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‘ [393] passed out of the state of South Carolina, I think now his course had better be changed. It is not impossible that, in the event of the enemy being driven from Richmond, they may fall back to Lynchburg with a part of their force, and attempt a raid into East Tennessee. It will be better, therefore, to keep Stoneman between our garrisons in East Tennessee and the enemy. Direct him to repeat the raid of last fall, destroying the railroad as far towards Lynchburg as he can. Sheridan starts to-day from Winchester for Lynchburg. This will vastly favor Stoneman.’

Then, with a view to the possibility of a rebel attempt to enter Tennessee from the east, he continued: ‘Every effort should be made to collect all the surplus forage and provisions of East Tennessee at Knoxville, and to get there a large amount of stores besides. It is not impossible that we may have to use a force in that section the coming spring. Preparations should be made to meet such a contingency. If it had been possible to have got Stoneman off in time, he would have made a diversion in favor of Sherman, and would have destroyed a large amount of railroad stock cut off and left in North-West South Carolina. It is too late now to do any good except destroy the stock.’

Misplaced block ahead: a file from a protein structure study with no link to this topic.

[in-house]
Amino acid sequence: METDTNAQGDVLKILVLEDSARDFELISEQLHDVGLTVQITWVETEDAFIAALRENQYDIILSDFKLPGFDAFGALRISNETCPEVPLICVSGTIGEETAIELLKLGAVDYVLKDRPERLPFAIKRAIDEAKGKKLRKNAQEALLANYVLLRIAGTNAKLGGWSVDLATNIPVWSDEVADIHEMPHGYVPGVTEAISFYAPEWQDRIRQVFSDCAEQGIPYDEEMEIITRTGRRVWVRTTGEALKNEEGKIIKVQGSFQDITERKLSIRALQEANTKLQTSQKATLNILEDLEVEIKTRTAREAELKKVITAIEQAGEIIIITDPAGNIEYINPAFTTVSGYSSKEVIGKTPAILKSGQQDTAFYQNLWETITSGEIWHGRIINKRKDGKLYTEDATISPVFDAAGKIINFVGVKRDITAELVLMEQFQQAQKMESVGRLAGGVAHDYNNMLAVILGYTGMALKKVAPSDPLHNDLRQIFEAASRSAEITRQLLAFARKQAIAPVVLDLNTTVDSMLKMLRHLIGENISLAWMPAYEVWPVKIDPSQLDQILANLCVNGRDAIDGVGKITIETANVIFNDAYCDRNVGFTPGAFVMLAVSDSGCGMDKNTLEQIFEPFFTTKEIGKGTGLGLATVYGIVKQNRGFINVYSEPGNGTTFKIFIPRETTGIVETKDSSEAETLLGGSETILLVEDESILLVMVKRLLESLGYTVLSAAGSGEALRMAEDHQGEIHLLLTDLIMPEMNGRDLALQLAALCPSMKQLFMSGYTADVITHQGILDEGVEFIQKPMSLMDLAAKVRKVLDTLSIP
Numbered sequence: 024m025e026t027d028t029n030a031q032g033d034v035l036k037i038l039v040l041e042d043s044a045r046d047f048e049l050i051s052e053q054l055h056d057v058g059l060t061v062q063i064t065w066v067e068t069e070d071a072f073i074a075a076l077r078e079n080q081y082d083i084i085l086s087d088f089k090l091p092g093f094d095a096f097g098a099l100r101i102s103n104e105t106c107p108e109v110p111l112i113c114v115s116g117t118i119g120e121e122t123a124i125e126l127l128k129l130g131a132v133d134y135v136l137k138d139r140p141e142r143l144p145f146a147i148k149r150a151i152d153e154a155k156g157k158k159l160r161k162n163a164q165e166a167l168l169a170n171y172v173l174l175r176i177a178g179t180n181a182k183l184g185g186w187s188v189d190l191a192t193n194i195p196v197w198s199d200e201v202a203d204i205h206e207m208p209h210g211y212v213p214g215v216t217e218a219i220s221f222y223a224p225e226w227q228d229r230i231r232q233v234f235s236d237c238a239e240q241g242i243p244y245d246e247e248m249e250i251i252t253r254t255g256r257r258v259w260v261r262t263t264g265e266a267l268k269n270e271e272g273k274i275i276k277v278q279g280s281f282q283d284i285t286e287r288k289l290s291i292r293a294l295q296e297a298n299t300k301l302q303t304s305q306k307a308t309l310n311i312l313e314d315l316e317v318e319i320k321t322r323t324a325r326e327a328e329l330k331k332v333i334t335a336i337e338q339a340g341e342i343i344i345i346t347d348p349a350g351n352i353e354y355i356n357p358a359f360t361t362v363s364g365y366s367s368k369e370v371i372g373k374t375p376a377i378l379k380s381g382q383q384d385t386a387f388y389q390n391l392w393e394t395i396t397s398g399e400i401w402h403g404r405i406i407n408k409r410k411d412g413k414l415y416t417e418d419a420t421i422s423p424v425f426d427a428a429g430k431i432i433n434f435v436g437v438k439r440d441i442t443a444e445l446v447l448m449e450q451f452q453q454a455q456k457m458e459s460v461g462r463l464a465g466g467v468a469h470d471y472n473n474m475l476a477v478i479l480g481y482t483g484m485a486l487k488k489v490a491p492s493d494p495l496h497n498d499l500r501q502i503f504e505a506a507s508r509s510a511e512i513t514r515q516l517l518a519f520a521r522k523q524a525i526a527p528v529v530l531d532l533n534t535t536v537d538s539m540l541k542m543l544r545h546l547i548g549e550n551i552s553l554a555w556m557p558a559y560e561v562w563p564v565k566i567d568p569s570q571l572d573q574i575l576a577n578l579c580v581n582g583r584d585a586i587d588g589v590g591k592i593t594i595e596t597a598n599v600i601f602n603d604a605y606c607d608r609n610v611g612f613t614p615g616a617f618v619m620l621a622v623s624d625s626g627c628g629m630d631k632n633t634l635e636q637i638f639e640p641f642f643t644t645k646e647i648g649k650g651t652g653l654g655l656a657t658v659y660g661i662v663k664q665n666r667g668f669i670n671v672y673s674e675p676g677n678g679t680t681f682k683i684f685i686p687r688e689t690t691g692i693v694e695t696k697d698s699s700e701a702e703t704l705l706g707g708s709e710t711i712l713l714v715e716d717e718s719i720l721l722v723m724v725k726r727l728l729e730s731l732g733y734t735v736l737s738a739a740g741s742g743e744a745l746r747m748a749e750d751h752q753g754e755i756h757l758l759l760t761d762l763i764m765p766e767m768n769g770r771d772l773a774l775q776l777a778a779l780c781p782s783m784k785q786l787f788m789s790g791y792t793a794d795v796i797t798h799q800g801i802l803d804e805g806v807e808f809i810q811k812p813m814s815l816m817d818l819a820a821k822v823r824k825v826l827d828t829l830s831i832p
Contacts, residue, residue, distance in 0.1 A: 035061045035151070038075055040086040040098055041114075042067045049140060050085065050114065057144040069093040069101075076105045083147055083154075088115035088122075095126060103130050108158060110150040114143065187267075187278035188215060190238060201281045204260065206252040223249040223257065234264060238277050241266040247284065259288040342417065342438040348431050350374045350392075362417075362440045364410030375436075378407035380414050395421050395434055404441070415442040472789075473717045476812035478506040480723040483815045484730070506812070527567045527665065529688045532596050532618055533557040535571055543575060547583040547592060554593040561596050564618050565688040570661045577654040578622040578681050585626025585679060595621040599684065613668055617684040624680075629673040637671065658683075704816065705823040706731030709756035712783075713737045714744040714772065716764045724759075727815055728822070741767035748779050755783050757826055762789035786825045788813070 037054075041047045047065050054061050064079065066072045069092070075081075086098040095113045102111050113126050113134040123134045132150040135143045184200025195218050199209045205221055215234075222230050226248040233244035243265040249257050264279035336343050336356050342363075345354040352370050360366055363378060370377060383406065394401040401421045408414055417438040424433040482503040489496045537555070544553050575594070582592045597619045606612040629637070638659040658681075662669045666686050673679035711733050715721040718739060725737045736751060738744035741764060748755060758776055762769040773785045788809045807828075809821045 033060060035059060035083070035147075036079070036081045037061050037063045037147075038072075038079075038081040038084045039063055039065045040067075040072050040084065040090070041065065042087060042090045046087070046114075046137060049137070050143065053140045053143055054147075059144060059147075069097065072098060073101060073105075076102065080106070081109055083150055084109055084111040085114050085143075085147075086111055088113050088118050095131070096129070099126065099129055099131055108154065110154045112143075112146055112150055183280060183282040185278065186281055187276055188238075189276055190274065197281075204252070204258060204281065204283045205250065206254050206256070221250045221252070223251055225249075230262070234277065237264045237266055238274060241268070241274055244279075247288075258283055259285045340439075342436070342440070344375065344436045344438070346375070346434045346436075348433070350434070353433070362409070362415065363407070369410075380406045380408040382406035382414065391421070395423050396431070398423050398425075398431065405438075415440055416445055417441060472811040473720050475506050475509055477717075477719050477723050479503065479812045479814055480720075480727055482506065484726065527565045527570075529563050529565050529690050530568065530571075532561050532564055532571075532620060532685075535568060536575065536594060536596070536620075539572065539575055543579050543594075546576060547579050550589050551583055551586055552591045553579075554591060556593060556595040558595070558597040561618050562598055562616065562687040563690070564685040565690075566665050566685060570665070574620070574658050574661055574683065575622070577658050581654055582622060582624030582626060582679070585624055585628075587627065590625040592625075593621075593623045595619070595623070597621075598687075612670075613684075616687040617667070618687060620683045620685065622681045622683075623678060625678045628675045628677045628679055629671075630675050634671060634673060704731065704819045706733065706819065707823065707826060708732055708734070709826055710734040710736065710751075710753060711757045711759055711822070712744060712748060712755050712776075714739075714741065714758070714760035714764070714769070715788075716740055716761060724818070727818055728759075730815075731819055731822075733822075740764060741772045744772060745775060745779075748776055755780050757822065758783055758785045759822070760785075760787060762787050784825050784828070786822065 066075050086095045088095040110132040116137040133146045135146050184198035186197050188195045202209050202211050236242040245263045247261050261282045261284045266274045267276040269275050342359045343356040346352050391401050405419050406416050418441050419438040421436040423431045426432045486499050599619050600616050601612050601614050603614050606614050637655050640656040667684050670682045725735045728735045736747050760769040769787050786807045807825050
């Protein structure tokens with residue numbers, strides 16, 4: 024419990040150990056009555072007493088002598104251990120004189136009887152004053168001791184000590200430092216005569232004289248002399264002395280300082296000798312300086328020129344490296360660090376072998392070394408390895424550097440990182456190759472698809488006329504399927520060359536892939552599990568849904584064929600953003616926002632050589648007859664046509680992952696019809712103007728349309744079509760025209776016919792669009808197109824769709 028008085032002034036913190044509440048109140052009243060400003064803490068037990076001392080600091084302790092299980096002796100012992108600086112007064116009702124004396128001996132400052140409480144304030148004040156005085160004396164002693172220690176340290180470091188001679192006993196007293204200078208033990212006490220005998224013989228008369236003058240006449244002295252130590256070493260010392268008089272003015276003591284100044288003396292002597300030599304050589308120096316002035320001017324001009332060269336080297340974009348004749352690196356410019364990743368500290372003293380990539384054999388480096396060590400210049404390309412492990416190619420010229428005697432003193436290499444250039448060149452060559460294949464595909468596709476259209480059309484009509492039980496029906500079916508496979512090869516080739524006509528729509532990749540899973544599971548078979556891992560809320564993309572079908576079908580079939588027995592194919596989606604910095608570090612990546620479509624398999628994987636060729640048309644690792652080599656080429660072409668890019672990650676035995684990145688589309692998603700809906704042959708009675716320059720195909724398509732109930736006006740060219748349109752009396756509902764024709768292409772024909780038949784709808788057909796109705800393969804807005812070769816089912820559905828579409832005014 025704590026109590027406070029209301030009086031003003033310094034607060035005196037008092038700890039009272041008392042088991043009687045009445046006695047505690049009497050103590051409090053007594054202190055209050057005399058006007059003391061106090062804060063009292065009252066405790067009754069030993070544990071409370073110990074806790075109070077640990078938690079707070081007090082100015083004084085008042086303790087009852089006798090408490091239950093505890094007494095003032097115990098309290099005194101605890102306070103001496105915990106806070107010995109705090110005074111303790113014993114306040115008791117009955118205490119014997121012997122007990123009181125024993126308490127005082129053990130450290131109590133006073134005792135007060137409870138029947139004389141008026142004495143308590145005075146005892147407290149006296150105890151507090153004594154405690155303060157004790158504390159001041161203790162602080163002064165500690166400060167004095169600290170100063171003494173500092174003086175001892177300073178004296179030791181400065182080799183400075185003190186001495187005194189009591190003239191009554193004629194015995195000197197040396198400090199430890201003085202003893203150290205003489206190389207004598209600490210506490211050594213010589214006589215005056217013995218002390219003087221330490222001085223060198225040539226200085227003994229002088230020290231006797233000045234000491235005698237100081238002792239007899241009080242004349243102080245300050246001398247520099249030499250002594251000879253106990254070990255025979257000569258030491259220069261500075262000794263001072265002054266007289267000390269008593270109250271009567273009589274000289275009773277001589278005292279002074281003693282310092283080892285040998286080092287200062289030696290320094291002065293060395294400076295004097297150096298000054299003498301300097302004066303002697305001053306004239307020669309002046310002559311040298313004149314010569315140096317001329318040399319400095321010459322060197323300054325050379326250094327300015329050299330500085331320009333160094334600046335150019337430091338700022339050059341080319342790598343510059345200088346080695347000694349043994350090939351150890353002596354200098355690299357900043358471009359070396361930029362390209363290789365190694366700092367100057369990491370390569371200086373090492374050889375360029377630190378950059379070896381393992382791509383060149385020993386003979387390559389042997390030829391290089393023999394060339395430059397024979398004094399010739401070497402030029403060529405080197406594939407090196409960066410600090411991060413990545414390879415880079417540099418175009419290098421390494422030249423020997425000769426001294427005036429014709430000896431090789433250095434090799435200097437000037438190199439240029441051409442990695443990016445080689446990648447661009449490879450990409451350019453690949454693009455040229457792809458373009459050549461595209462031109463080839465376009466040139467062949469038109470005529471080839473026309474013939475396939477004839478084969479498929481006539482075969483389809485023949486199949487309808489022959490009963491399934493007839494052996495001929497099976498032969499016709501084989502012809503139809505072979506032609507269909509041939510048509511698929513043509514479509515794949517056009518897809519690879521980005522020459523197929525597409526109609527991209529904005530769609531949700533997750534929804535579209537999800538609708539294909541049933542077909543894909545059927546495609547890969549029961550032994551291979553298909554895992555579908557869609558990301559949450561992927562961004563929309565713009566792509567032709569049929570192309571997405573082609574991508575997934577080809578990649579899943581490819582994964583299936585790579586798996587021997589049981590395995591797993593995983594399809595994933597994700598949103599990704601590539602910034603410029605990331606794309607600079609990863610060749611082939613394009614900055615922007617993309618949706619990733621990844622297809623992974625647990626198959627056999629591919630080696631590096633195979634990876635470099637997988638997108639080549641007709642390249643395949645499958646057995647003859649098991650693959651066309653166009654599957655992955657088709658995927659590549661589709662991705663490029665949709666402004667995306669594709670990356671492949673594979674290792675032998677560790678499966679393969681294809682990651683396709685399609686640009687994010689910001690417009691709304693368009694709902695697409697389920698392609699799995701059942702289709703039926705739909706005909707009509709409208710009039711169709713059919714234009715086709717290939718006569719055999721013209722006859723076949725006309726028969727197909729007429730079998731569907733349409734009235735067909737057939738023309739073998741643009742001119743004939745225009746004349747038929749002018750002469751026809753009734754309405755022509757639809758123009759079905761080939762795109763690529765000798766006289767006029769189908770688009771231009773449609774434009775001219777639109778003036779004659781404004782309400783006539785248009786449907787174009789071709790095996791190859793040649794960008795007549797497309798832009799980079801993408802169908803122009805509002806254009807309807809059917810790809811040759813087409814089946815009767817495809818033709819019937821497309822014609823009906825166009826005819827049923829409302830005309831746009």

And thus the chief informed each general of the movements of the others with whom he was to cooperate, so that all might act in harmony. The web was complicated, but the threads were held in a single hand. All these various and distant campaigns were directed in their inception and execution according to a single plan. All Grant's instructions were pregnant with the same principles.

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